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June 6, 2016

Legal Update
Andrew R. Levin

Massachusetts Division of Banks: Law firms engaged in debt collection not required to obtain debt-collector’s license

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On April 1, 2016, the Division of Banks for the Commonwealth of Massachusetts (the “Division”) reversed course on the issue of whether a law firm that engages primarily in debt collection work must register as a debt collector in Massachusetts, and stated that the Division will not require law firms that are primarily engaged in consumer debt collection or regularly collect consumer debt to become licensed as debt collectors solely by virtue of their activities, withdrawing two prior opinions that had answered the same question in the affirmative. The decision was particularly welcomed by law firms who engage in debt collection activity as only a part of their overall practice and who were left questioning their licensure – requirements and by their clients whose collection efforts were in danger if in fact their lawyers should have registered as a debt collector but had not done so.

The issue first arose in September 2013 when a law firm, whose practice was “overwhelmingly concentrated in the area of consumer debt collection, on behalf of its clients” asked for an opinion as to whether it was required to obtain a debt collector license from the Division in order to engage in consumer debt collection activity in Massachusetts. In issuing Opinion 13-018 on November 2, 2015, the Division answered the question in the affirmative, seizing upon the singular nature of the exclusion set forth in M.G.L. c. 93 §24(g), which exempted Massachusetts attorneys “collecting a debt on behalf of a client” from the licensing requirements and holding that the exemption did not apply to law firms where the firm’s principal purpose is the collection of debts, or where the firm regularly collects or attempts to collect debts owed or asserted to be owed to another.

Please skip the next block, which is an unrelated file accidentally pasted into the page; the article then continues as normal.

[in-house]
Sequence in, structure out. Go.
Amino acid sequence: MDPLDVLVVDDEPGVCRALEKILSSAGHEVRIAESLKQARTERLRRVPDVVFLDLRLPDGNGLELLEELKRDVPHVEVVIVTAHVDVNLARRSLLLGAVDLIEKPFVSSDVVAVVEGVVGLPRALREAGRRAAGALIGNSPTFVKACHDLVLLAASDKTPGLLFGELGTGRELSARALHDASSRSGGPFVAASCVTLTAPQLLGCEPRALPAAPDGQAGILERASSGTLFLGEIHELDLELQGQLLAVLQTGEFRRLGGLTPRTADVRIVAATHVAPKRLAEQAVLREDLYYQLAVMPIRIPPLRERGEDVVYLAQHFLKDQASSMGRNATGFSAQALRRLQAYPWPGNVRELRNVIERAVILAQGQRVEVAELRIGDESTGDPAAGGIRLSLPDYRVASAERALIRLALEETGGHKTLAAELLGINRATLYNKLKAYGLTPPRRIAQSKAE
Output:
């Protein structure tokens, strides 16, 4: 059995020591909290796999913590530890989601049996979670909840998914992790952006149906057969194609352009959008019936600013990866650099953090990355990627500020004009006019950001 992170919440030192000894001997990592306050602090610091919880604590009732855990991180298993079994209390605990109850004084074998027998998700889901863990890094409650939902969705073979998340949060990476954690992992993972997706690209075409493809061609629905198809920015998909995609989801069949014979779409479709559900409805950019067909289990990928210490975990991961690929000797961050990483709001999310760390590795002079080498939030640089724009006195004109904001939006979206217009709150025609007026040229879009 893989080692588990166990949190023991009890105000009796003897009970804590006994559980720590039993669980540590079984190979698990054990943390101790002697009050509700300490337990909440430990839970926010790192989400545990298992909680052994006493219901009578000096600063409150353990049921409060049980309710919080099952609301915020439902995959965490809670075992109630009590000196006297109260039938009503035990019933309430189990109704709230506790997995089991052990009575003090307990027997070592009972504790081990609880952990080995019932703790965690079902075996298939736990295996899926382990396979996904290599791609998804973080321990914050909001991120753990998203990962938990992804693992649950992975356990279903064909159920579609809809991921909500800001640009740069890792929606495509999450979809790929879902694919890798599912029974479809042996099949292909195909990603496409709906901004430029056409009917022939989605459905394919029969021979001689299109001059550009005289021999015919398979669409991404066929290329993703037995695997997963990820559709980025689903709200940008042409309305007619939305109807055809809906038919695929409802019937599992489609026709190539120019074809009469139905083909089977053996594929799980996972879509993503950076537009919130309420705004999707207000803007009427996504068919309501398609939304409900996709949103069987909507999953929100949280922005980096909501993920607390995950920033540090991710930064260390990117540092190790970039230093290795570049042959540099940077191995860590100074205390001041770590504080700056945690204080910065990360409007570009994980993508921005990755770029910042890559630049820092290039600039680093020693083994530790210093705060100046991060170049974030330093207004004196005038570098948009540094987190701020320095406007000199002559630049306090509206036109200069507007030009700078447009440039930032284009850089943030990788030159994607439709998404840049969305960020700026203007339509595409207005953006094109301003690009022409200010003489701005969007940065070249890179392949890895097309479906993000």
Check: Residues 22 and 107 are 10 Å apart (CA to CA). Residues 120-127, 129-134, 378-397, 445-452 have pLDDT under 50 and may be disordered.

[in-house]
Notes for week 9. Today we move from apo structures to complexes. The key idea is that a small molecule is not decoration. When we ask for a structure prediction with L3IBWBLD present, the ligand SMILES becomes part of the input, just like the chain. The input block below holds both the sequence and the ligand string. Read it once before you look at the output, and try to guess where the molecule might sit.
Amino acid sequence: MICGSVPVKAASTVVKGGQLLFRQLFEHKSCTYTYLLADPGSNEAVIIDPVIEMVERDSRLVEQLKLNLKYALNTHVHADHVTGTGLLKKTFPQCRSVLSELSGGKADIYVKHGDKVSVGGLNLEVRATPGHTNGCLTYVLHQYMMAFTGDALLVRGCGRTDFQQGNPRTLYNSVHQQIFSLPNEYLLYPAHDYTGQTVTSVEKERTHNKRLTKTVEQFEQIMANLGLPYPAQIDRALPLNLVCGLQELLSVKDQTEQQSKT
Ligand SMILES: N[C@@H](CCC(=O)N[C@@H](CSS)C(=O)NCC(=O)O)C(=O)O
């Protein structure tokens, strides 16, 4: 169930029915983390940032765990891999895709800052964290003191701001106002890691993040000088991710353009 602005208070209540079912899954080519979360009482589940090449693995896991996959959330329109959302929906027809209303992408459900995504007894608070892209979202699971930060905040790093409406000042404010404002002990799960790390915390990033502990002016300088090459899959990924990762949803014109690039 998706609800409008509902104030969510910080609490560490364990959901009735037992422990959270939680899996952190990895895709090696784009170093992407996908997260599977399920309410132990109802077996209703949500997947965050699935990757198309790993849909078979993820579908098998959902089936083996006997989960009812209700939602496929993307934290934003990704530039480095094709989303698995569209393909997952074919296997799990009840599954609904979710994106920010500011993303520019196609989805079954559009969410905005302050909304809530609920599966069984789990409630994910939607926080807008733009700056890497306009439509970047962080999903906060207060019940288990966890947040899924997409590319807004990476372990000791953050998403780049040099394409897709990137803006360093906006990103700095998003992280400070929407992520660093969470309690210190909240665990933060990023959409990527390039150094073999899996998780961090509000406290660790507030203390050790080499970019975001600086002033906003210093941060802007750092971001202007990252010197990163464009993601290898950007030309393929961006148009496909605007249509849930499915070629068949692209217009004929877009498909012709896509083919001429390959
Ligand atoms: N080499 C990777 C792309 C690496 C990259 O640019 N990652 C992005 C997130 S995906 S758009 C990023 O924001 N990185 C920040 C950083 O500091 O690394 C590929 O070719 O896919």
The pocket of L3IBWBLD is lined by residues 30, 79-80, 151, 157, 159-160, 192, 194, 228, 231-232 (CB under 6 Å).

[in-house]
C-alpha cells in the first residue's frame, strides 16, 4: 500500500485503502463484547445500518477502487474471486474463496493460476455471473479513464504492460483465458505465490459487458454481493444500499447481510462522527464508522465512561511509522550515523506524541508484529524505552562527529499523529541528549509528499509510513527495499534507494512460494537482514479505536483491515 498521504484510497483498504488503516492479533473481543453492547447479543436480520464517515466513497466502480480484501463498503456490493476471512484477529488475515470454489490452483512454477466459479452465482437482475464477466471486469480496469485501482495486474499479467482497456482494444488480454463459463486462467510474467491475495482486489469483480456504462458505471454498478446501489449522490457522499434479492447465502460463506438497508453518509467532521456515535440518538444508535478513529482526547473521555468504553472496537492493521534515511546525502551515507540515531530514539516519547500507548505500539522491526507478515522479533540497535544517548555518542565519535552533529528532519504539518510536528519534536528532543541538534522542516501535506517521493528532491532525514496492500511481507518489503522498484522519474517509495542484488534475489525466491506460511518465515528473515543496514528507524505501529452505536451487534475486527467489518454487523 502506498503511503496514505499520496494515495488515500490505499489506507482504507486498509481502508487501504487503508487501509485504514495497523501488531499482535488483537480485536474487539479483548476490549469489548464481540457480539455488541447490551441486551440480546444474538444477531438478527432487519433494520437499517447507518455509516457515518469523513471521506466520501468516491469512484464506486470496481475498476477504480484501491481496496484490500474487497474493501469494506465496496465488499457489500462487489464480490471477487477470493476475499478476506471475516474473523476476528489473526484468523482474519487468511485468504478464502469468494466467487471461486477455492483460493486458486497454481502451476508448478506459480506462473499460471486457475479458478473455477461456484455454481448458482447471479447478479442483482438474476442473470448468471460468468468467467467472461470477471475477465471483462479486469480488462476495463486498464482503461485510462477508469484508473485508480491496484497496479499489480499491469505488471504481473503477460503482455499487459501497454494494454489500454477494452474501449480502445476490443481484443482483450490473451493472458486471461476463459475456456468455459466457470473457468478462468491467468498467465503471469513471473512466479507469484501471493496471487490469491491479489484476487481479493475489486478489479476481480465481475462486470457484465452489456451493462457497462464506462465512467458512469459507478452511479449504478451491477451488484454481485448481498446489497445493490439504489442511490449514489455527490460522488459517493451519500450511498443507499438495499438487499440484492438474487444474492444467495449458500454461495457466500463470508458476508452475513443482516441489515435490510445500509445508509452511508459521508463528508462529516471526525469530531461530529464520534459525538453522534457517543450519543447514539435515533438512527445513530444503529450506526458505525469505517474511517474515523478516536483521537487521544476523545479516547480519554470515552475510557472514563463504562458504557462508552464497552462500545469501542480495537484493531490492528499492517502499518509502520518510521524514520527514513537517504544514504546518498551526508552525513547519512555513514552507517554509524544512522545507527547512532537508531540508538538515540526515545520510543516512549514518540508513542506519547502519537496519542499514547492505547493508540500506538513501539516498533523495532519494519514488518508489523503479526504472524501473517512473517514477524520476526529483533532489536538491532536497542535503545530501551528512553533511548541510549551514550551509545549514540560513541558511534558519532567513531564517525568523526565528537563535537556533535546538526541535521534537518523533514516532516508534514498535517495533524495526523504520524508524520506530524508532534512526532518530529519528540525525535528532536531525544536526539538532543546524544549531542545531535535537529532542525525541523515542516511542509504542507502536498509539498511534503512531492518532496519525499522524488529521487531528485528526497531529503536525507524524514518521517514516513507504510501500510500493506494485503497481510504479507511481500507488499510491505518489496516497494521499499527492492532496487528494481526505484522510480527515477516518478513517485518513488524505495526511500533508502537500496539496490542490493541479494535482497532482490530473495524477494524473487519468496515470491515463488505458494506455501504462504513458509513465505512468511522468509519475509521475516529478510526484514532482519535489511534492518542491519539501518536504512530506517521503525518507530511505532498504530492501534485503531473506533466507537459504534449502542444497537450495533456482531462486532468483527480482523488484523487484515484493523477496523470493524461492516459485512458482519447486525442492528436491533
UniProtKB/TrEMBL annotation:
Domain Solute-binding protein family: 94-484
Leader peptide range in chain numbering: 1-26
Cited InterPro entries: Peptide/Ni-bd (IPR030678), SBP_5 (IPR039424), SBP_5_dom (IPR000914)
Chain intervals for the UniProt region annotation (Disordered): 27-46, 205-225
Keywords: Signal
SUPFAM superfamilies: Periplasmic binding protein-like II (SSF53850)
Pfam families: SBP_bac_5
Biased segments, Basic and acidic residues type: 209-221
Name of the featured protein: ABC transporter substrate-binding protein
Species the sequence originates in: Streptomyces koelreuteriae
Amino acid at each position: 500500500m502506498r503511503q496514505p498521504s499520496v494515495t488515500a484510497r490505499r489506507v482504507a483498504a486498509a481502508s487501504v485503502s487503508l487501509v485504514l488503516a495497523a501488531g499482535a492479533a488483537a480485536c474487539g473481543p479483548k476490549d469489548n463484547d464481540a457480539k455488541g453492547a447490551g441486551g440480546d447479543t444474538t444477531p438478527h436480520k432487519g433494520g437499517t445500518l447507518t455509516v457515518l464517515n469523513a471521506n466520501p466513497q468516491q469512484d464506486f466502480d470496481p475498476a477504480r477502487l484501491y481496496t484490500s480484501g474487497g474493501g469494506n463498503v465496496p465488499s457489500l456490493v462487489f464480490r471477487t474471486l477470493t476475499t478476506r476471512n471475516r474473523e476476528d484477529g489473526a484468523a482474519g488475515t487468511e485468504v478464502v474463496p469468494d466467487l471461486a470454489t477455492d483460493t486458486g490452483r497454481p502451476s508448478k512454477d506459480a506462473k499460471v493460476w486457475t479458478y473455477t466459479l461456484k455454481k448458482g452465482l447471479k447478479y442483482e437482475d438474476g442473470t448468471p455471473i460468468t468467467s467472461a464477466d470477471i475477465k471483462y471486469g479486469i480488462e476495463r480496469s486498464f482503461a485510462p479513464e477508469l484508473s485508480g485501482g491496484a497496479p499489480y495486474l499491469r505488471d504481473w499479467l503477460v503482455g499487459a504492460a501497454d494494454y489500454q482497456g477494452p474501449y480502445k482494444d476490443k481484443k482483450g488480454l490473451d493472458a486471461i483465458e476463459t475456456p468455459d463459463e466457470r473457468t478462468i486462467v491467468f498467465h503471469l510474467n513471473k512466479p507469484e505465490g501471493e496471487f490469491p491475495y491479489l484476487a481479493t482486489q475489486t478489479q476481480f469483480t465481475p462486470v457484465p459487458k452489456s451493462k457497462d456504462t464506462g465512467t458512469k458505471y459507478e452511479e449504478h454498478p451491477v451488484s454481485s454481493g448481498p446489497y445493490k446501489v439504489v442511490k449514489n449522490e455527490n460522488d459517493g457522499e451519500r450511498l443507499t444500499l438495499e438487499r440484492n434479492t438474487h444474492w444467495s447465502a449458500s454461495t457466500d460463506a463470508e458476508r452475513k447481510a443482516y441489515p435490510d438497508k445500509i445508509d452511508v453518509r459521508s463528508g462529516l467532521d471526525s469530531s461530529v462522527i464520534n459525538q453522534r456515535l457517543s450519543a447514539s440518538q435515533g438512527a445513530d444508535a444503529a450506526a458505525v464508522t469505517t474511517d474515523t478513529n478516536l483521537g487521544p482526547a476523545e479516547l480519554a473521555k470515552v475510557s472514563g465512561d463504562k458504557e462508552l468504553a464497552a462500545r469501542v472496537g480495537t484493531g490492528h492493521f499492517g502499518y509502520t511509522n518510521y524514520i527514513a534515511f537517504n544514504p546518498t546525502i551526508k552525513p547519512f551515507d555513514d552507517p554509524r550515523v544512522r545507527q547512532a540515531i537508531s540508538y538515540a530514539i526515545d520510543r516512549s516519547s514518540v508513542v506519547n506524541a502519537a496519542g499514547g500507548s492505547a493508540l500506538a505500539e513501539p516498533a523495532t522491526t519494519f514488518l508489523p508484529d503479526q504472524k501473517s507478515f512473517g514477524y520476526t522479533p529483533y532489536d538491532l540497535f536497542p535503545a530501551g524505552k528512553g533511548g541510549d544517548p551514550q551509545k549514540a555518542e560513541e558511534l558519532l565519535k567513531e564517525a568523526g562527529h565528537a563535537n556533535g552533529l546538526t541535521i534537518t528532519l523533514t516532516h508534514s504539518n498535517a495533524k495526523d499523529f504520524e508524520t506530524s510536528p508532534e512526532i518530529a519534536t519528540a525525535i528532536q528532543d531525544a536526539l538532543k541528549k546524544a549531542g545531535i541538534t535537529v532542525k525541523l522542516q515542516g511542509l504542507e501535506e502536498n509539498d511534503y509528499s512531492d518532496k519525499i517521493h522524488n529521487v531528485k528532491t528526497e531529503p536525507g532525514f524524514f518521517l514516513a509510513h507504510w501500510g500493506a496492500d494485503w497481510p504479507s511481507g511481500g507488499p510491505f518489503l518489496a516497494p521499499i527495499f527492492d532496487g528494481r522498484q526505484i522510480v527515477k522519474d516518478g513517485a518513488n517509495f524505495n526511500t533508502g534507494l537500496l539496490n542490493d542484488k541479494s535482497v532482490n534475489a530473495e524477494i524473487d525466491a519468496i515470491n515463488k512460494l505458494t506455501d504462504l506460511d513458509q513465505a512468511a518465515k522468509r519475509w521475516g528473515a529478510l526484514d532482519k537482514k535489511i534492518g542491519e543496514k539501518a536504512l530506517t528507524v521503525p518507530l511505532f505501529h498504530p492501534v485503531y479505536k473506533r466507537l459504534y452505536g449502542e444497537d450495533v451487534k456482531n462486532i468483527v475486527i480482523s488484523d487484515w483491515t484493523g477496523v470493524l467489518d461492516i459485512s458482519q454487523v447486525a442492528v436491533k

In issuing Opinion 13-018, the Division commented that the determination of whether licensure of a law firm would be required would be case-by-case, focusing on:

  1. the relative portion of a firm’s practice that involves debt collection,
  2. whether, and to what extent, non-attorneys were used by the firm to engage in debt collection activity and whether such work was supervised by attorneys, and
  3. the extent that the firm’s debt collection activities involved traditional legal activities compared to traditional non-legal activities.

Opinion 13-018 provided that the Division’s ruling would not be retroactive and any law firm that was required to be licensed would not be found in violation of the debt collection statute provided that the license was obtained within six months of the opinion.

On February 11, 2016, the Division issued Opinion 16-002, which clarified certain issues related to the licensure requirement, noting among other things that the term “law firm” applied to “one or more attorneys, regardless of corporate structure.” The Division also extended, for six months from the date of Opinion 16-002, the period in which a law firm needed to obtain its license to be in compliance.

On April 1, 2016, without explaining why it was revisiting the issue other than stating that it had reconsidered its interpretation of the attorney-at-law exemption, the Division issued Opinion 13-018w, in which it stated that it was formally withdrawing Opinions 13-018 and 16-002 and that law firms would not have to become licensed as debt collectors merely because they are primarily engaged in consumer debt collection or regularly collect consumer debt.